Rumors of distrust for Johnson, Downing Street replies: ‘It hasn’t lost its luster’

Difficult moment for Prime Minister Boris Johnson, accused by the conservative press of having lost its “polish” after the last few slips in public which gave the idea of ​​a premier in difficulty. However, the disaffection seems not to be limited to the media, but to have now also infected some sectors of the Conservative Party. Some Tory deputies would have presented one letter of no confidence to the 1922 Committee, the internal body of the party through which the procedure of no confidence in the leader is initiated. Under party rules, no-confidence votes are required 15 percent of the deputies to start a new leadership contest.

Speaking to the Telegraph, one of the party leaders confirmed that “someone is supposed to have presented the letter (of no confidence). You will never get to the 50 letters needed, but it causes anger. “Another Tory MP also confirmed that an unspecified number of no-confidence letters against Johnson would be presented by the” usual suspects. “Is this the beginning of the end for Johnson? to make mistakes and to stumble, the reply of the deputy, “there will be more letters” of distrust.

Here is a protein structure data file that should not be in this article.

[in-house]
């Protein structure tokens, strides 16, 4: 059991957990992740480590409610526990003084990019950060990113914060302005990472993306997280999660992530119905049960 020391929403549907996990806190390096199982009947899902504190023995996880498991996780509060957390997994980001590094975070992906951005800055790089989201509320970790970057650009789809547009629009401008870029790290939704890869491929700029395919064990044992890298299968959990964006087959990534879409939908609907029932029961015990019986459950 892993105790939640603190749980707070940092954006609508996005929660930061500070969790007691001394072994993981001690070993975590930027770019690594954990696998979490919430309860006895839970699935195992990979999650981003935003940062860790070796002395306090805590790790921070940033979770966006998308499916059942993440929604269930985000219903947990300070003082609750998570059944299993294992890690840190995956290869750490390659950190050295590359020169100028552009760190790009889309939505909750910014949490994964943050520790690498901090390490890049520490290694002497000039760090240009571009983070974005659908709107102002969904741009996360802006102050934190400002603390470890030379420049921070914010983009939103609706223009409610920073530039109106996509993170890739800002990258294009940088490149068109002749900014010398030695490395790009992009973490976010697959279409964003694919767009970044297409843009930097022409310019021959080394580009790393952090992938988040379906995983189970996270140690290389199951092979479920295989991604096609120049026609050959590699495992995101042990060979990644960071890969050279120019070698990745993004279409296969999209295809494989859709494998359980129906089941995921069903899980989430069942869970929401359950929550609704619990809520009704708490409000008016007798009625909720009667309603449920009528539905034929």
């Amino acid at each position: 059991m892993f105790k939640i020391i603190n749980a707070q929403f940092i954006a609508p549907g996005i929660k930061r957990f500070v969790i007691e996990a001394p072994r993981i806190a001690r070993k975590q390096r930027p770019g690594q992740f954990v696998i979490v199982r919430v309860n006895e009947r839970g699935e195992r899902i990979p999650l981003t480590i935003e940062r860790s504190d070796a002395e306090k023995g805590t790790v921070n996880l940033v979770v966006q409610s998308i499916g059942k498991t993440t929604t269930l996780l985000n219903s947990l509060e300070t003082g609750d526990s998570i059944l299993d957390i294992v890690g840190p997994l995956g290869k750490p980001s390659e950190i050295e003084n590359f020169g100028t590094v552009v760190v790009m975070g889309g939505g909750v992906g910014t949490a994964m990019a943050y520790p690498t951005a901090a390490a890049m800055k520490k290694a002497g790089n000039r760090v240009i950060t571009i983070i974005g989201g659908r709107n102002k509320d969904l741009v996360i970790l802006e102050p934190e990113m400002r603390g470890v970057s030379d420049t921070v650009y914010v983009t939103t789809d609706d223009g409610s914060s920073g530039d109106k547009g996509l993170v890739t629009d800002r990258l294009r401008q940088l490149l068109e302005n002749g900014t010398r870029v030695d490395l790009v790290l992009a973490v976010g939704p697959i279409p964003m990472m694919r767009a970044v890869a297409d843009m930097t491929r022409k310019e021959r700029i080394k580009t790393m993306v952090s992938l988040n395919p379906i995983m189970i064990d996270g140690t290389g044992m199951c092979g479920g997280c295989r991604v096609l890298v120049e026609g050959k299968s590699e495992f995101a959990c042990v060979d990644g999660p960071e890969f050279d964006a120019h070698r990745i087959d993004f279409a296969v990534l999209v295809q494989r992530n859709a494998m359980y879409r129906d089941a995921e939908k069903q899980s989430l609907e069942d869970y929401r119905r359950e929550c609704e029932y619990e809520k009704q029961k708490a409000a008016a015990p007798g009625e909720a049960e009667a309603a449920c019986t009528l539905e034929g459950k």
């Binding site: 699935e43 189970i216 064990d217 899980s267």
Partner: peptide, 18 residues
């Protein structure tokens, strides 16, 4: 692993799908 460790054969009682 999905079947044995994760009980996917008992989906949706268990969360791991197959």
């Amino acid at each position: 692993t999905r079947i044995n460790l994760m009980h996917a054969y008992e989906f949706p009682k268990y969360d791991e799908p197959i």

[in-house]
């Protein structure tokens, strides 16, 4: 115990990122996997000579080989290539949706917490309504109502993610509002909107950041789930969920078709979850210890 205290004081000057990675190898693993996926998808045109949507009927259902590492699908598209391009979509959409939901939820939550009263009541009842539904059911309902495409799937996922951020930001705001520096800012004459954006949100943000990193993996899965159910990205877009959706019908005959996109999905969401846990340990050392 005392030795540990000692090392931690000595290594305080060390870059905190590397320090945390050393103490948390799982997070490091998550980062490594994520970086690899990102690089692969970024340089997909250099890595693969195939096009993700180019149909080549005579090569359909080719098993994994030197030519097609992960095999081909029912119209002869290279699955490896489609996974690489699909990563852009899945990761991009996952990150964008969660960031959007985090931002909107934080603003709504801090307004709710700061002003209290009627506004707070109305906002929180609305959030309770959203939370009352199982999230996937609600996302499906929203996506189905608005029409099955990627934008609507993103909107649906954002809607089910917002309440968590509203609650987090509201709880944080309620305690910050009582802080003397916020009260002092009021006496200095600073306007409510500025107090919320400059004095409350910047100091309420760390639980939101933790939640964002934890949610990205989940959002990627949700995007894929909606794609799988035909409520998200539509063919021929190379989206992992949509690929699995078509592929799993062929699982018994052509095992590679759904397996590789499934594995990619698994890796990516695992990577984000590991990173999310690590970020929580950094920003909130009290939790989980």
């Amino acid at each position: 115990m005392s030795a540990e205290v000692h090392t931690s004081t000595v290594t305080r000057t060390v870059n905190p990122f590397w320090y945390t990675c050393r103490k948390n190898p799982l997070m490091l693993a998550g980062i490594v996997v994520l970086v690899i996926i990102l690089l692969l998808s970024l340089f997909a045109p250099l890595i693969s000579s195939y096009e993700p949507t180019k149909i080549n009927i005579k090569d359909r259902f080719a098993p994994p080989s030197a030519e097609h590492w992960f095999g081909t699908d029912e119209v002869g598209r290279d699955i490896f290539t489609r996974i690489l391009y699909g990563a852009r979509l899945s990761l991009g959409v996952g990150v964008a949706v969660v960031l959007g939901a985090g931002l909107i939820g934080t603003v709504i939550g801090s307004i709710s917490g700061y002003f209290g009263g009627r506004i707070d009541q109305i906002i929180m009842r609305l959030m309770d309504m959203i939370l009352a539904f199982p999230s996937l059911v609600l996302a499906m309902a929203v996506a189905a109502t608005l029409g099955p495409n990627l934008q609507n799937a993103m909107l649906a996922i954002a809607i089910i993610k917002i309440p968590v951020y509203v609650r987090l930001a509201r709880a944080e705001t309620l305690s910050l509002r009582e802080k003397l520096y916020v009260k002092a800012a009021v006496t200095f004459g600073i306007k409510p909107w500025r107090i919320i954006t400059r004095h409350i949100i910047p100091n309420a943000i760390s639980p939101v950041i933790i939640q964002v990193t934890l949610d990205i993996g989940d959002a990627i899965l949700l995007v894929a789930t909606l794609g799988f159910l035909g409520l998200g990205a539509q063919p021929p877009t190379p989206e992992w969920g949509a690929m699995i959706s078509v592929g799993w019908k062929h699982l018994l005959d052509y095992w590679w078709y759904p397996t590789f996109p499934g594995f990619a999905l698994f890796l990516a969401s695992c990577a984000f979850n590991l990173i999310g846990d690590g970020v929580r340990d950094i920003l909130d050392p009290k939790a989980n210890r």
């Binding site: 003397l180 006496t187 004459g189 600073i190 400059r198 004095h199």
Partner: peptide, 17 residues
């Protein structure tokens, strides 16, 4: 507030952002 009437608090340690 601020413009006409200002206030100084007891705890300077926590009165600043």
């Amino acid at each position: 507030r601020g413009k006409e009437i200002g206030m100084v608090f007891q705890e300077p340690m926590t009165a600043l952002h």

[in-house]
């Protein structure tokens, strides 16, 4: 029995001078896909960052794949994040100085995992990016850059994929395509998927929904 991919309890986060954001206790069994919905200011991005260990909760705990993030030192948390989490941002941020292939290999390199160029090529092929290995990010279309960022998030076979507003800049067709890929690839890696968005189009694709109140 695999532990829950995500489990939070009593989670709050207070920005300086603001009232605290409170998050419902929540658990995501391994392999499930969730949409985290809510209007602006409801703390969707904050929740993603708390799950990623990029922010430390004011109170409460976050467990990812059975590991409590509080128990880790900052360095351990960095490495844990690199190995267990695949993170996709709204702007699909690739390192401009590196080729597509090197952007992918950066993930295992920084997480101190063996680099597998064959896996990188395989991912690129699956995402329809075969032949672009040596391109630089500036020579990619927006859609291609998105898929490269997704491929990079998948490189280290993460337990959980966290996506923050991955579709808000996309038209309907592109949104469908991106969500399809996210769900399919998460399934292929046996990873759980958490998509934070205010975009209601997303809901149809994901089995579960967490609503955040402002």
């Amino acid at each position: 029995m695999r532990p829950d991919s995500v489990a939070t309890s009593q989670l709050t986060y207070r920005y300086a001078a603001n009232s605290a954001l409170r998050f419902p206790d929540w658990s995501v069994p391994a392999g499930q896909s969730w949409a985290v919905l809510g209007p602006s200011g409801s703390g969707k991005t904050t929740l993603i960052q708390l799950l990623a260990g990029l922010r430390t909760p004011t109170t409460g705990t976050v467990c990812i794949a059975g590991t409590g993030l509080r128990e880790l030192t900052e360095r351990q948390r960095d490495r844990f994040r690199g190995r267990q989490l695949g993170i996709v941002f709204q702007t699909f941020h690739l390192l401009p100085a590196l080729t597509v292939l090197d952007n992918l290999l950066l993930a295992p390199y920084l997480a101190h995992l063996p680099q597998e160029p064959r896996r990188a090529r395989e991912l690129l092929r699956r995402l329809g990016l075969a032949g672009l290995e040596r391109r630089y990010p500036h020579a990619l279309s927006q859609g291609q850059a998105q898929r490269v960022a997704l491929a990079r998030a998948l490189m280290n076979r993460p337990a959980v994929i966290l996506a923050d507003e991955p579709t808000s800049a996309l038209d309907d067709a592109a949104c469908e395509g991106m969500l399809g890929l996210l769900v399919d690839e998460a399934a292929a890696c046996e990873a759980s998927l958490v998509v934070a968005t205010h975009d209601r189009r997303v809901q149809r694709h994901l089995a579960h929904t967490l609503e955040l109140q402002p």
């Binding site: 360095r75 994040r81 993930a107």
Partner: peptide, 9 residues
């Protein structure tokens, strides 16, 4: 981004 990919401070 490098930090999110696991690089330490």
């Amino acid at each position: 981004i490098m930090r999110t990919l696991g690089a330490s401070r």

Downing Street was quick to deny the press rumors about the malaise that is brewing among the Tories, claiming that the premier is “very concentrated” on its political action. The latest episode that caused confidence in the premier to waver, crowning difficult weeks on various political dossiers, from fiscal policy, to the Northern Irish Post Brexit Protocol, to illegal immigration, that of ‘speech about Peppa Pig’. It was when Johnson, during a speech at the British Confindustria, lost the thread and started improvising, citing the famous animated pig.

The premier made “hundreds of speeches”, replied a spokesman. “I don’t think it’s unusual for people to lose their train of thought on rare occasions,” he added. But Johnson still has the ‘grip’, the ‘grip’ on the government, the pulse of the situation, was the next question. “Certainly,” the Downing Street replica.